Deer Mouse


Actual Size: 5” to 8” long including the tail

Characteristics: Gray to reddish-brown with white feet and underbelly.

Habitat: Build nests in trees or beneath logs outdoors; inside, often found in basements or attics.


  • Prefer to nest in dark outdoor areas
  • Sometimes referred to as field mice or white-footed mice
  • Transmits the potentially fatal Hantavirus Pulmonary Syndrome

Deer Mice in Wisconsin

The common name of the deer mouse comes from the coloration of the rodent, which resembles a white-tailed deer. Omnivorous and adaptable, deer mice tend to be opportunistic eaters when they inhabit homes and buildings. In nature, the rodents target various invertebrates, seeds, fruits, grains, fungi, flowers, and nuts. The deer mouse typically lives a year in the wild but can survive for two or three years in captivity. These rodents are a common problem in agricultural areas, and will sometimes look for shelter in homes over winter. Their true danger lies in the fact that they are common carriers of hantavirus.

Deer Mouse Habits

As nocturnal rodents, deer mice rarely leave their well-hidden nests during the day. They nest in burrows, rock crevices, brush piles, and tree holes. Nests are made with a soft, insulating material, including moss, dried grass, leaves, and feathers. A nest may be inhabited by a family of deer mice consisting of the parents and several young. Over the course of a year, a family of deer mice may utilize several nests, typically abandoning a nest after it has become fouled with feces and waste. During colder months deer mice seek shelter inside and enter buildings. They are excellent climbers and can be found in even upper levels of structures, including attics.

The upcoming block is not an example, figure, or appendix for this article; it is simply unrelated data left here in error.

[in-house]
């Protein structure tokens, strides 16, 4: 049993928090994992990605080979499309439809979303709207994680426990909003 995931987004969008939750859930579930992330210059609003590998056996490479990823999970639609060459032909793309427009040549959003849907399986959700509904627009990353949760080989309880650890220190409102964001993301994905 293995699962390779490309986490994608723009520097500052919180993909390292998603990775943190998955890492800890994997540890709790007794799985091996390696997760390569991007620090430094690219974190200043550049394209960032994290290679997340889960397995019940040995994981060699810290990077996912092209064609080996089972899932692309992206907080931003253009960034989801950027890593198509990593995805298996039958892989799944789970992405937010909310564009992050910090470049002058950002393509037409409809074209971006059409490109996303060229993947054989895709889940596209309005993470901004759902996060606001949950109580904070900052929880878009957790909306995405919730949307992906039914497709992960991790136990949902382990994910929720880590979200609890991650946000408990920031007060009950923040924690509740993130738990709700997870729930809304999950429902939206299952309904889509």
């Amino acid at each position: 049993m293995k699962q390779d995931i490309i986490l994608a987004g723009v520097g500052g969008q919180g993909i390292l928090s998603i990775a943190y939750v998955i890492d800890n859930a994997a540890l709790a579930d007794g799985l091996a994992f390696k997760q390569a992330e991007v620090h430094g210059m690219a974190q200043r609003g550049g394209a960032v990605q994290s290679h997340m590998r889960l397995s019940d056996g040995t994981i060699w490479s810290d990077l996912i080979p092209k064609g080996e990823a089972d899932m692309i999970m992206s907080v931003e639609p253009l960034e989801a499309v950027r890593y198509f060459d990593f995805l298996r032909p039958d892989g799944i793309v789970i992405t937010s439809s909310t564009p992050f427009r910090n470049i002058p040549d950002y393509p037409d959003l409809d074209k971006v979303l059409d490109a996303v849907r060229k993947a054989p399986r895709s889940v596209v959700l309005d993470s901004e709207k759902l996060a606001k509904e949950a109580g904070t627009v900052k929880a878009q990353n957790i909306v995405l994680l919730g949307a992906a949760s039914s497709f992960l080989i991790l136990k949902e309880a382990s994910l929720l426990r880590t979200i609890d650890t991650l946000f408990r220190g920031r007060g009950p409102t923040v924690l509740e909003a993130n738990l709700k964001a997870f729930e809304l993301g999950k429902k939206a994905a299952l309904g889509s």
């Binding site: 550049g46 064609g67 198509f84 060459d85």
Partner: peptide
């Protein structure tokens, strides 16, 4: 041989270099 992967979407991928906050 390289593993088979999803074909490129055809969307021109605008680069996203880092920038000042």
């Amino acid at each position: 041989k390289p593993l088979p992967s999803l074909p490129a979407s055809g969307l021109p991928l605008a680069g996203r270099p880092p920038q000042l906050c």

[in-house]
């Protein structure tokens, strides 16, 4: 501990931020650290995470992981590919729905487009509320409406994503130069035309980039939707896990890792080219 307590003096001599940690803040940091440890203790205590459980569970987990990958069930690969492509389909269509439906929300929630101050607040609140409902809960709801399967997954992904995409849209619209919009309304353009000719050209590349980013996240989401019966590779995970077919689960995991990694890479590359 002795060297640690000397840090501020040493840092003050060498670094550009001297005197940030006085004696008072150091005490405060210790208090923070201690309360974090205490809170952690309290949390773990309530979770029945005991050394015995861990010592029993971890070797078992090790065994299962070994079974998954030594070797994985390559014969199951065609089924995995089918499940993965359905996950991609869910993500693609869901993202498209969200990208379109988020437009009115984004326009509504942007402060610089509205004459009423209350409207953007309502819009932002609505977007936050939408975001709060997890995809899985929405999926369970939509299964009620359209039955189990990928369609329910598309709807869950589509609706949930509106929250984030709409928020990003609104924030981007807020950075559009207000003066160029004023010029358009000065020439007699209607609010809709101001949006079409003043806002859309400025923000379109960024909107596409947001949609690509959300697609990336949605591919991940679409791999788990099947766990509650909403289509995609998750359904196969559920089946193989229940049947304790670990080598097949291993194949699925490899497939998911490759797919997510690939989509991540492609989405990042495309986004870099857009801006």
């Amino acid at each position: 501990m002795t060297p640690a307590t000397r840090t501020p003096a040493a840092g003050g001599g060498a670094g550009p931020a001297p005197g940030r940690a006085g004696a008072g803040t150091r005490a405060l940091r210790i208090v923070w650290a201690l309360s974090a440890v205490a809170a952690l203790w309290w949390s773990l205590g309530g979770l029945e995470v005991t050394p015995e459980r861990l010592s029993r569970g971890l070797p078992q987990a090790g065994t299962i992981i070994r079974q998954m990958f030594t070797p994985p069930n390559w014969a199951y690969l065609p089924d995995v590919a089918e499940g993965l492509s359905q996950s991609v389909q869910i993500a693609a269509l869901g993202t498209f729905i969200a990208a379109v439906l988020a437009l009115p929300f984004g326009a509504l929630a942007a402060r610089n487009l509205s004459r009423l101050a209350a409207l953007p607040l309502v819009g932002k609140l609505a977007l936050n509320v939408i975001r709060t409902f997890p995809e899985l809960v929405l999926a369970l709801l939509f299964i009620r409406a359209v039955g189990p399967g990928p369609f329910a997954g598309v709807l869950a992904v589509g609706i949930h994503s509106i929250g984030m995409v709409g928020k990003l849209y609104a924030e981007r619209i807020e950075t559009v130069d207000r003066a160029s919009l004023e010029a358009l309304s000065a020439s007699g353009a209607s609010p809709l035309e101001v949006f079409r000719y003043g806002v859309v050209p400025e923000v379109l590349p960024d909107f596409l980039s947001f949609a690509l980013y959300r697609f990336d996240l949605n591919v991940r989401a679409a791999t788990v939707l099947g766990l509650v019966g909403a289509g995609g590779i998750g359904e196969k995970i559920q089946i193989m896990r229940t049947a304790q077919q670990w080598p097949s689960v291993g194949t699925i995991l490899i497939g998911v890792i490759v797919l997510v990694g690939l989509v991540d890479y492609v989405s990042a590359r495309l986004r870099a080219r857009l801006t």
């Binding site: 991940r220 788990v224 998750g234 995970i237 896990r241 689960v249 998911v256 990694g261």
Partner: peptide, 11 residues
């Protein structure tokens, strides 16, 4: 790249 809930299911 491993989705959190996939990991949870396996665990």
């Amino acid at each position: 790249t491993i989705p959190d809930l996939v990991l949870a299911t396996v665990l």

Deer Mouse Habits & Dangers

Throughout most of the year, deer mice nest in outdoor areas that are quiet, dark, and undisturbed. When the weather gets colder during winter, deer mice tend to invade homes, garages, sheds, and sometimes even vehicles. When they get indoors, they are often found in basements or attics. Deer mice can leave greasy stains (sebum) on walls, windows, and other surfaces. The biggest threat of deer mice is that they are able to transmit the dangerous—and potentially fatal—hantavirus. This disease is often transmitted through contact with mouse carcasses, or by breathing in air-borne urine droplets from infected deer mice.

If you have a deer mouse infestation in your Wisconsin property, contact your local rodent control experts!